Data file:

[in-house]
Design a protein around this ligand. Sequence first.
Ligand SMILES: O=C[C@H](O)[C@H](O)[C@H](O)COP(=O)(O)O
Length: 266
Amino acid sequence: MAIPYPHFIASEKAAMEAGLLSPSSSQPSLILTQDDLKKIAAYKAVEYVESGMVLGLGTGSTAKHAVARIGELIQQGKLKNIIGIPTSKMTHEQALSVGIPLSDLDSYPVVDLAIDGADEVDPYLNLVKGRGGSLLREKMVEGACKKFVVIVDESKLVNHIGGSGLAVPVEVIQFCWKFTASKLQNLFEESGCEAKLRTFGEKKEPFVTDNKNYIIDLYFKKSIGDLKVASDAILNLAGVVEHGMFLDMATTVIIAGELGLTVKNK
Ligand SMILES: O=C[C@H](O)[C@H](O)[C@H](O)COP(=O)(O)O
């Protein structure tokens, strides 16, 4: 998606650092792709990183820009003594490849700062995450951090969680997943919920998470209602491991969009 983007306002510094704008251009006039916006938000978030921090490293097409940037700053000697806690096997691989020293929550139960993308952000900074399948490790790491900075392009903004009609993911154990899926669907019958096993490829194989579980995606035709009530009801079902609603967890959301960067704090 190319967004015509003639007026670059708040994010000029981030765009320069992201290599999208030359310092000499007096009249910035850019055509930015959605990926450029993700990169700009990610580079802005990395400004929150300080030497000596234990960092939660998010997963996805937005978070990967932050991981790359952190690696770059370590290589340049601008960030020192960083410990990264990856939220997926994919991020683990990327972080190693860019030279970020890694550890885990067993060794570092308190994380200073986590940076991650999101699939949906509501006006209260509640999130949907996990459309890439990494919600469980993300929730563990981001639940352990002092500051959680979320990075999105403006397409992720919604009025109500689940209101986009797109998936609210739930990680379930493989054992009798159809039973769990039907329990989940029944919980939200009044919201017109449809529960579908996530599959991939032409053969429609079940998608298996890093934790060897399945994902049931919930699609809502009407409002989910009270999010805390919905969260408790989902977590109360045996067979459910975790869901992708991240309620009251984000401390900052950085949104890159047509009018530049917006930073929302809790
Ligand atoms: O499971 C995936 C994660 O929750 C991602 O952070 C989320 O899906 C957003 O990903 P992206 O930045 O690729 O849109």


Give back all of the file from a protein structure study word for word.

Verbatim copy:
[in-house]
Design a protein around this ligand. Sequence first.
Ligand SMILES: O=C[C@H](O)[C@H](O)[C@H](O)COP(=O)(O)O
Length: 266
Amino acid sequence: MAIPYPHFIASEKAAMEAGLLSPSSSQPSLILTQDDLKKIAAYKAVEYVESGMVLGLGTGSTAKHAVARIGELIQQGKLKNIIGIPTSKMTHEQALSVGIPLSDLDSYPVVDLAIDGADEVDPYLNLVKGRGGSLLREKMVEGACKKFVVIVDESKLVNHIGGSGLAVPVEVIQFCWKFTASKLQNLFEESGCEAKLRTFGEKKEPFVTDNKNYIIDLYFKKSIGDLKVASDAILNLAGVVEHGMFLDMATTVIIAGELGLTVKNK
Ligand SMILES: O=C[C@H](O)[C@H](O)[C@H](O)COP(=O)(O)O
């Protein structure tokens, strides 16, 4: 998606650092792709990183820009003594490849700062995450951090969680997943919920998470209602491991969009 983007306002510094704008251009006039916006938000978030921090490293097409940037700053000697806690096997691989020293929550139960993308952000900074399948490790790491900075392009903004009609993911154990899926669907019958096993490829194989579980995606035709009530009801079902609603967890959301960067704090 190319967004015509003639007026670059708040994010000029981030765009320069992201290599999208030359310092000499007096009249910035850019055509930015959605990926450029993700990169700009990610580079802005990395400004929150300080030497000596234990960092939660998010997963996805937005978070990967932050991981790359952190690696770059370590290589340049601008960030020192960083410990990264990856939220997926994919991020683990990327972080190693860019030279970020890694550890885990067993060794570092308190994380200073986590940076991650999101699939949906509501006006209260509640999130949907996990459309890439990494919600469980993300929730563990981001639940352990002092500051959680979320990075999105403006397409992720919604009025109500689940209101986009797109998936609210739930990680379930493989054992009798159809039973769990039907329990989940029944919980939200009044919201017109449809529960579908996530599959991939032409053969429609079940998608298996890093934790060897399945994902049931919930699609809502009407409002989910009270999010805390919905969260408790989902977590109360045996067979459910975790869901992708991240309620009251984000401390900052950085949104890159047509009018530049917006930073929302809790
Ligand atoms: O499971 C995936 C994660 O929750 C991602 O952070 C989320 O899906 C957003 O990903 P992206 O930045 O690729 O849109």